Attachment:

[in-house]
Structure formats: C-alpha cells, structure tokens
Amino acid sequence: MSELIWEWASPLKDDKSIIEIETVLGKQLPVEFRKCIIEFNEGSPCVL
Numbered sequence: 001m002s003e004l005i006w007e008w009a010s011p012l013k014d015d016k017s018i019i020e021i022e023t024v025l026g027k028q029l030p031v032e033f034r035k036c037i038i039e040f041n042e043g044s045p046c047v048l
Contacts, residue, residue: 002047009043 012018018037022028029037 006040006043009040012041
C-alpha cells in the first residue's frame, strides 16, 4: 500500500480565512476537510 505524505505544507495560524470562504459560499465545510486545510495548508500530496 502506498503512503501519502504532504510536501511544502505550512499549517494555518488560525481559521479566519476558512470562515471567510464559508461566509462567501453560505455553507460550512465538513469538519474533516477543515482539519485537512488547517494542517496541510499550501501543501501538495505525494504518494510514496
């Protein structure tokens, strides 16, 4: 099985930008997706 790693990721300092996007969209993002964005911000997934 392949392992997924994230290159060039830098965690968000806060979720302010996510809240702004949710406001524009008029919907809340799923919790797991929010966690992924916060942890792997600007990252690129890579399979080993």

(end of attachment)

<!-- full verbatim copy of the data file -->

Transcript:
[in-house]
Structure formats: C-alpha cells, structure tokens
Amino acid sequence: MSELIWEWASPLKDDKSIIEIETVLGKQLPVEFRKCIIEFNEGSPCVL
Numbered sequence: 001m002s003e004l005i006w007e008w009a010s011p012l013k014d015d016k017s018i019i020e021i022e023t024v025l026g027k028q029l030p031v032e033f034r035k036c037i038i039e040f041n042e043g044s045p046c047v048l
Contacts, residue, residue: 002047009043 012018018037022028029037 006040006043009040012041
C-alpha cells in the first residue's frame, strides 16, 4: 500500500480565512476537510 505524505505544507495560524470562504459560499465545510486545510495548508500530496 502506498503512503501519502504532504510536501511544502505550512499549517494555518488560525481559521479566519476558512470562515471567510464559508461566509462567501453560505455553507460550512465538513469538519474533516477543515482539519485537512488547517494542517496541510499550501501543501501538495505525494504518494510514496
């Protein structure tokens, strides 16, 4: 099985930008997706 790693990721300092996007969209993002964005911000997934 392949392992997924994230290159060039830098965690968000806060979720302010996510809240702004949710406001524009008029919907809340799923919790797991929010966690992924916060942890792997600007990252690129890579399979080993």